Swords v. Cthulhu is our newest genre-blending anthology of original fiction, and to celebrate its publication we’re posting excerpts from each of the stories. Our next teaser is from Laurie Tom’s Three Kingdoms-set epic “The Final Gift of Zhuge Liang.” Instead of ending with the death of hope, hers is a tale that opens in that dark territory…
Zhuge Liang was dead, and with him, Shu Han’s greatest hope of a unified China. The prime minister’s star trembled in the night sky instead of falling to earth with the death of the great sage. Zhuge Liang had promised that it would remain until the Shu army had withdrawn, so their enemies would not know of his passing.
But that was small comfort for Jiang Wei, who entered his mentor’s tent to pack Zhuge Liang’s possessions for travel back to the riverlands. Outside, Yang Yi marshaled the soldiers in accordance with the prime minister’s final wishes. No banners of mourning would be hung, or the soldiers of Cao Wei in their fortress would know that the Sleeping Dragon now slept for good. The Shu withdrawal would be quiet, orderly. Once they were safe, then they would mourn.
The tent flap opened again and Ma Yun stepped inside. He clasped his hands and gave a slight bow. “I thought I would find you here.”
“Did Yang Yi send you?”
Jiang Wei outranked Ma Yun, but the two had become friends over the six years and five expeditions that had made up Zhuge Liang’s attempts to pacify the north. Though others were contemptuous of Ma Yun and his oddly light voice, the soft timber of a eunuch, Jiang Wei knew better. Ma Yun had been born a woman, but considered himself a man.
“No, I am simply concerned about your well being,” said Ma Yun. “My men are helping load the carts, and they do not need my oversight for that.”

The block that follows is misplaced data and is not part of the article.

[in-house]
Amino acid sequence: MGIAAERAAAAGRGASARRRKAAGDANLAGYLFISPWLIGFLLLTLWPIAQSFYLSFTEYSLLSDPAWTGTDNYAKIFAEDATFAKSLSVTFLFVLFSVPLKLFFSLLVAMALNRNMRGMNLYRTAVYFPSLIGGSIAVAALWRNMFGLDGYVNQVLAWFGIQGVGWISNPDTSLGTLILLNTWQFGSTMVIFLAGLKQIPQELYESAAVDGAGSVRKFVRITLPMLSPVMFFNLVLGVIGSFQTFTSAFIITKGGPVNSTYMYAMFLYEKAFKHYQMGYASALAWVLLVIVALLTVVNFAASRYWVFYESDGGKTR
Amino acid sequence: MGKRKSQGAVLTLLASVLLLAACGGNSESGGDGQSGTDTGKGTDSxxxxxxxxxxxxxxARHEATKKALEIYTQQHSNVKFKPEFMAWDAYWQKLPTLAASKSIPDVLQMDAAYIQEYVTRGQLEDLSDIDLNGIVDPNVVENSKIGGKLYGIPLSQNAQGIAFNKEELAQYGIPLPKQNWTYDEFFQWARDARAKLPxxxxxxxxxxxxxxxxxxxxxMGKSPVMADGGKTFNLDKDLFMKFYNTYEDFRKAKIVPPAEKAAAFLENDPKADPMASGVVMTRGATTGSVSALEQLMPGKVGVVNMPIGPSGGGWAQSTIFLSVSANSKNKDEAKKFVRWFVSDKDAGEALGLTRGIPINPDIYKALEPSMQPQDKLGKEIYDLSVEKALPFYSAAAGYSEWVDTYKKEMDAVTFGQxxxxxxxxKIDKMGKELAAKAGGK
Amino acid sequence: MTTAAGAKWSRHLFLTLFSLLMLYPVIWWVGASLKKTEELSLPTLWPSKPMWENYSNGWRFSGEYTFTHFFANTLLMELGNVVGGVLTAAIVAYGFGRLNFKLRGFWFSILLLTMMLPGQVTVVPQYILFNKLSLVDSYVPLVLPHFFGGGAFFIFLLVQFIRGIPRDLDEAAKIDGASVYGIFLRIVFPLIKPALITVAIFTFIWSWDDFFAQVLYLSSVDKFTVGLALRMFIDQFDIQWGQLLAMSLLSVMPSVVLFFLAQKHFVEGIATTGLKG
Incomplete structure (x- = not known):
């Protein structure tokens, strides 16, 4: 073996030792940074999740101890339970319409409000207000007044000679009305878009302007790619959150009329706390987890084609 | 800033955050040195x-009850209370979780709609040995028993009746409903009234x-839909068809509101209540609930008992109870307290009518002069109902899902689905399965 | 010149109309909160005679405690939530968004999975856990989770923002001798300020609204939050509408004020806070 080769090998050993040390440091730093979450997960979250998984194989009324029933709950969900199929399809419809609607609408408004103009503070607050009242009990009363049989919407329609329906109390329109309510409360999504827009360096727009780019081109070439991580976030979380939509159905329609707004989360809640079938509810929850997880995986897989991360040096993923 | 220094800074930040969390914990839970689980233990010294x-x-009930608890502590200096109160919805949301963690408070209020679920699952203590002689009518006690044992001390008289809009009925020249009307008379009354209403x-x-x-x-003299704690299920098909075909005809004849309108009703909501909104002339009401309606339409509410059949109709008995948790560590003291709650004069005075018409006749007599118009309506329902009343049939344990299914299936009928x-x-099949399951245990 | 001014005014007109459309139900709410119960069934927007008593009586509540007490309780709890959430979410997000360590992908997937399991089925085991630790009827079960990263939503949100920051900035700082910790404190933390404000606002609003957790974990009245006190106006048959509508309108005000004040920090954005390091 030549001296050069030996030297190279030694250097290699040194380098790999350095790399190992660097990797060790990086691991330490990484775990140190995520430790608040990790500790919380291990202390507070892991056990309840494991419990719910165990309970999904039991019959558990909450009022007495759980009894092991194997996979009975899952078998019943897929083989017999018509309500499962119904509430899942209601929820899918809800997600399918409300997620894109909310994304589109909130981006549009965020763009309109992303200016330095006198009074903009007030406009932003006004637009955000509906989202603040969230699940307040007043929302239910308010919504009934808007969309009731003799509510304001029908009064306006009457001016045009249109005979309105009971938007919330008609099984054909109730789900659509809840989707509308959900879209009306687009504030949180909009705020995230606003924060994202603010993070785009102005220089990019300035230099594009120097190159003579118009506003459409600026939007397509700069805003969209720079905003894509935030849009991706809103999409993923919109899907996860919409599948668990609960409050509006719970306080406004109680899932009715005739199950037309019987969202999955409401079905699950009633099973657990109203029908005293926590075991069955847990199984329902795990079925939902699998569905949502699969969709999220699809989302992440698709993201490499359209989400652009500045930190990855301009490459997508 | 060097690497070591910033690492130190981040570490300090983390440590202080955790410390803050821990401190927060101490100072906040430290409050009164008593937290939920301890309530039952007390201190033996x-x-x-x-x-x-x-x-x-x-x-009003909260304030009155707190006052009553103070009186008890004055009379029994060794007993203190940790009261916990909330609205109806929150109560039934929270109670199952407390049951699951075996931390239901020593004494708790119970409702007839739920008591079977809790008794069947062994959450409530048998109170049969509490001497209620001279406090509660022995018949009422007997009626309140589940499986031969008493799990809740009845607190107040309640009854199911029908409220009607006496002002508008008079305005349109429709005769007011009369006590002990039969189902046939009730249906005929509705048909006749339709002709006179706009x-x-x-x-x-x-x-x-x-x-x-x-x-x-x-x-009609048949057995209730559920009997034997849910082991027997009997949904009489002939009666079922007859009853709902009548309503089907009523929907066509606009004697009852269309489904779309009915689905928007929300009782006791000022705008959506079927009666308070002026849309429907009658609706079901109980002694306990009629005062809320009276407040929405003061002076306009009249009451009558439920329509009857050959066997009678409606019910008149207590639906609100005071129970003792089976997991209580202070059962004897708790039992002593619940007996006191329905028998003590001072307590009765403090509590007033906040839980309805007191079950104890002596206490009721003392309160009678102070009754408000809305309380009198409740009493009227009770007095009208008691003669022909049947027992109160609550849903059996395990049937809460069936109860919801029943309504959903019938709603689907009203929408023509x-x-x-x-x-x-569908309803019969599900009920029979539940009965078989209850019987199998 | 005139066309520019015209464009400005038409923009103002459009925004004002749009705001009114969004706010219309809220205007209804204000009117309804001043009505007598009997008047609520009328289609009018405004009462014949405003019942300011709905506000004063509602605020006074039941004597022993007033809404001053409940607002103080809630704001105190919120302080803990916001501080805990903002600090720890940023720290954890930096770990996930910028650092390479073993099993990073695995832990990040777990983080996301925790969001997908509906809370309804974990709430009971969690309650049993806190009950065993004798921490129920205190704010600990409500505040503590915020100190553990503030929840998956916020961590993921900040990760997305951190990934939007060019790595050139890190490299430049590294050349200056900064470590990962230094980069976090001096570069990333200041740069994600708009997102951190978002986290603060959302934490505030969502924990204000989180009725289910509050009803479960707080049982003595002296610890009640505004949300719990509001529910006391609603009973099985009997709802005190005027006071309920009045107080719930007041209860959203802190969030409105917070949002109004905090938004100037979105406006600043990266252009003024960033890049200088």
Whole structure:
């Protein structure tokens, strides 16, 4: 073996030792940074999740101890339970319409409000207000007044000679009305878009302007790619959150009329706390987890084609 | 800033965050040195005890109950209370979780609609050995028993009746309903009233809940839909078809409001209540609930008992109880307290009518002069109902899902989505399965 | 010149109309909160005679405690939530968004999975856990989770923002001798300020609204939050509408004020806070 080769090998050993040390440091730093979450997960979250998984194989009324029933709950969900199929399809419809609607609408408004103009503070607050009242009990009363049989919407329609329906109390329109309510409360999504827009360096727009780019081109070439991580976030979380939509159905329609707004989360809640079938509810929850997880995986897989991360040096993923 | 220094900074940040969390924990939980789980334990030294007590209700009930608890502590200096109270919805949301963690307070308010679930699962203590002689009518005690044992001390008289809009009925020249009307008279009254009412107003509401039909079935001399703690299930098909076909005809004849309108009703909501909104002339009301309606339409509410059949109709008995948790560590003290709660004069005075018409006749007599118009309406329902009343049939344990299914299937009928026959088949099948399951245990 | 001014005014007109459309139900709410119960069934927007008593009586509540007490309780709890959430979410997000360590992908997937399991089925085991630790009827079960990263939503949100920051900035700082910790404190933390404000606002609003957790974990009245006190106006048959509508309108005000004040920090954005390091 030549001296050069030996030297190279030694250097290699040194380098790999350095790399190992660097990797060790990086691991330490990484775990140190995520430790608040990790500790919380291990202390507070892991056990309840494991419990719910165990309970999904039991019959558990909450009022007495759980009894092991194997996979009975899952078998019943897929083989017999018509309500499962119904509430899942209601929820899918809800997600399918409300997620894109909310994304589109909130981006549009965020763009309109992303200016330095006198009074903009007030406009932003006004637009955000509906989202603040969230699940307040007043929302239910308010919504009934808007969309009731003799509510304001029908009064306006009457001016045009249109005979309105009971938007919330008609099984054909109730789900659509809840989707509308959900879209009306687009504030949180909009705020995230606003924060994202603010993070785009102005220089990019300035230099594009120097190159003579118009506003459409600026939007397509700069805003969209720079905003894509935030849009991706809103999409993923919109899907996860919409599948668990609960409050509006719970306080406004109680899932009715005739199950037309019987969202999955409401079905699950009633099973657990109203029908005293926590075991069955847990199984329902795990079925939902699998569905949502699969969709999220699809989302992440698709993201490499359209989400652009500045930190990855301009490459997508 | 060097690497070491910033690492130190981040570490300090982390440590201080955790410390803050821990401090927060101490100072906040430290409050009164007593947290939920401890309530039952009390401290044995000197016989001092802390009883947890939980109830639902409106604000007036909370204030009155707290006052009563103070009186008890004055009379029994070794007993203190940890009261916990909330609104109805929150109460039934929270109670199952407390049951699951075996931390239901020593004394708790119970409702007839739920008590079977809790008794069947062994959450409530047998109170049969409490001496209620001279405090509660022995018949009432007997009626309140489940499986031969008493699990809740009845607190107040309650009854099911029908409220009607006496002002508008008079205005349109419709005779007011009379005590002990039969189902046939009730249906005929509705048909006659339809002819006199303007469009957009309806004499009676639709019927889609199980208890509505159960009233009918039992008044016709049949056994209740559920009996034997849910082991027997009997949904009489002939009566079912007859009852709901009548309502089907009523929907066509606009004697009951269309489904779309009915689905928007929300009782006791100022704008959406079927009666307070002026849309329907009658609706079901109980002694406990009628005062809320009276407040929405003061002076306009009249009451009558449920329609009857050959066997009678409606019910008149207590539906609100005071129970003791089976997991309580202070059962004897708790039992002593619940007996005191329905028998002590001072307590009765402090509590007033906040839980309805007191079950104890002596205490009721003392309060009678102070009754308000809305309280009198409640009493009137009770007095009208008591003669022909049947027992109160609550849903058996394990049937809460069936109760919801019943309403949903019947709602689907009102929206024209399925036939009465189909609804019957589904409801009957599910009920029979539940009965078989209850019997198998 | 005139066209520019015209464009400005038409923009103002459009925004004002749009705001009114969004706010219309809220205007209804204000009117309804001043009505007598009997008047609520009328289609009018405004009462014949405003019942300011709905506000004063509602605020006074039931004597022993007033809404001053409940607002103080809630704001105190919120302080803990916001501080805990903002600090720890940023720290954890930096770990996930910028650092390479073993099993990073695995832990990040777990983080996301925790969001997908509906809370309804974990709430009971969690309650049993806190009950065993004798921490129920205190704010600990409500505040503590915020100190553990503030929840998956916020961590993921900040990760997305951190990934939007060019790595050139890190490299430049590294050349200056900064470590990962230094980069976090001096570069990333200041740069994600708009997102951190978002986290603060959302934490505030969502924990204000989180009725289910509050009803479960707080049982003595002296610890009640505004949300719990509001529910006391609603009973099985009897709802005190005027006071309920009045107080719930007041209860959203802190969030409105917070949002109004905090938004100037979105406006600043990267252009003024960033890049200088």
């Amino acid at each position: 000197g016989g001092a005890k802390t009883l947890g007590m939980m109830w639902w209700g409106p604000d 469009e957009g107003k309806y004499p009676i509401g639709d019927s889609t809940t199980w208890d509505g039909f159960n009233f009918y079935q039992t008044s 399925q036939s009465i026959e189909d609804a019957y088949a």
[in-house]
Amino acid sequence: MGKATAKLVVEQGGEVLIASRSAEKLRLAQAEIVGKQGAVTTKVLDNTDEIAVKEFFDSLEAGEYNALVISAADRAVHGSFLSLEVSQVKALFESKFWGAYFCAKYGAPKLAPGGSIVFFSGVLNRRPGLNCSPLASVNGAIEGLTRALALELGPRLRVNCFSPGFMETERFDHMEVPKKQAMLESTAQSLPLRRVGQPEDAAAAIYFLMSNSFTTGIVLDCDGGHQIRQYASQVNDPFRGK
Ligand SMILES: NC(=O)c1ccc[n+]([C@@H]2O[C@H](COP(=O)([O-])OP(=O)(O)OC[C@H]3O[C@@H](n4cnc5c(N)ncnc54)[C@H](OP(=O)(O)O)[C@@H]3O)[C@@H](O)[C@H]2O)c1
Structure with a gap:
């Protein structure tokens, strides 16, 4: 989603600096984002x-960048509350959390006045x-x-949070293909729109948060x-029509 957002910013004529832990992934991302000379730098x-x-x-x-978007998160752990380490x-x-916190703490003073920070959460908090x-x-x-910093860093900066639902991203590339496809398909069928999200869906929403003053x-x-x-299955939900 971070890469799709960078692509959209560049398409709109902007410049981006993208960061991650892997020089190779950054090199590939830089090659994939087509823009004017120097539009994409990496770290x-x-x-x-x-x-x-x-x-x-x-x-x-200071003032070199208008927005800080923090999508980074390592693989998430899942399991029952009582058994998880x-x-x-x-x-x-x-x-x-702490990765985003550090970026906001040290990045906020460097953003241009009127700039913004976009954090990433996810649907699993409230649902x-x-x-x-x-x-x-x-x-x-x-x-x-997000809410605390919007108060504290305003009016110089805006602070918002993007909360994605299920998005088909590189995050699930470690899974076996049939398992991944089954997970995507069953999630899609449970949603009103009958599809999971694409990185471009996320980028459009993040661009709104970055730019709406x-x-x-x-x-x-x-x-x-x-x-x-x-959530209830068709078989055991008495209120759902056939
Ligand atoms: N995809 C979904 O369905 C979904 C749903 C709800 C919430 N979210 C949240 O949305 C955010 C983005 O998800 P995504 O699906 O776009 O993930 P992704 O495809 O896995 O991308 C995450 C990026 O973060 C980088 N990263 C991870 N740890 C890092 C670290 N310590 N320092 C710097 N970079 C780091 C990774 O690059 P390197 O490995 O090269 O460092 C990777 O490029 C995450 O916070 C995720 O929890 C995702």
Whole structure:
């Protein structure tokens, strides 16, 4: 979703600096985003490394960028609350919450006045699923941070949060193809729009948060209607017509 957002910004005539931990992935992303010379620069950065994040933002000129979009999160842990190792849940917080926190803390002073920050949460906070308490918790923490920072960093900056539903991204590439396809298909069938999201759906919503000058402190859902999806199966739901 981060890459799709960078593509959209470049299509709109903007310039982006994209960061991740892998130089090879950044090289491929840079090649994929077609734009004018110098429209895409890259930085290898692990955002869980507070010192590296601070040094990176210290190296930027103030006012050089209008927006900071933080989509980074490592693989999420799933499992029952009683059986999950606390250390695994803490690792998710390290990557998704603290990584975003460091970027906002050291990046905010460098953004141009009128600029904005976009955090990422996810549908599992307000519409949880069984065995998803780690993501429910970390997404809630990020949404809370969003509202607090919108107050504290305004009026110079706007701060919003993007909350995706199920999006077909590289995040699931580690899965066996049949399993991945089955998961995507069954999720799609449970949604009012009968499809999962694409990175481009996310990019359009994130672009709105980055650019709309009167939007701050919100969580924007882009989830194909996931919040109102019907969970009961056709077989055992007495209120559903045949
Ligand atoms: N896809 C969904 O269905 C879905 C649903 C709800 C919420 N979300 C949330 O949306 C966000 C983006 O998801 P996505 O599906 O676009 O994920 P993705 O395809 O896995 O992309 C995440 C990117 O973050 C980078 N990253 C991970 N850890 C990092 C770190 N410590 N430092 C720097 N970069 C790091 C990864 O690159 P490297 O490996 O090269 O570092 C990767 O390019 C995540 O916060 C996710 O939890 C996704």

“Then you should rest. We’ll be marching soon.”
Ma Yun knelt beside Jiang Wei and said, “We will both rest when your work is done. Do you think I could sleep when you do not?”
Jiang Wei sighed, but handed his friend a lacquered box. “Still stubborn,” he said. “As soon as Sima Yi realizes we’ve abandoned camp, he’ll lead the Wei army in pursuit of us. The prime minister’s star will have fallen and they’ll know that he’s dead. We need time.”
“You’ll think of something. You have been his student these past six years. There is no better strategist to succeed him and you know these northern lands better than anyone.”
Six years ago Jiang Wei had been an officer in the Wei army, until a paranoid commander had suspected him of collaborating with Shu. When he had fled for his life, Zhuge Liang had been the one to offer him refuge and gave him a position in his army. Now, with the prime minister’s final request, it would be Jiang Wei’s duty to pacify the land he had once called home.
“You could always dress a wooden figure in the prime minister’s clothes and stick it in his carriage,” said Ma Yun. “Wheel it around and from a distance Sima Yi might think that the prime minister is still directing the battle.”
His voice was playful, but Jiang Wei could almost take the suggestion seriously. Sima Yi’s greatness weakness was his tendency to overthink the traps Zhuge Liang had laid for him. That was why the Wei army remained safely ensconced in their fortress rather than facing Shu on the battlefield. Even the prime minister’s attempts to insult the tactician’s honor had failed in the wake of Sima Yi’s paranoia.
Which gave Jiang Wei an idea…
For the rest, get Swords v. Cthulhu from Stone Skin Press
Laurie Tom is a third generation Chinese American. She was introduced to the Chinese classic, Romance of the Three Kingdoms, via the video game series and only read the book much later. She apologizes to Zhuge Liang for never defeating Wei in the Northern Expeditions as her player avatar had other ideas. Laurie’s fiction has appeared in other anthologies such as Streets of Shadows and The Mammoth Book of Dieselpunk.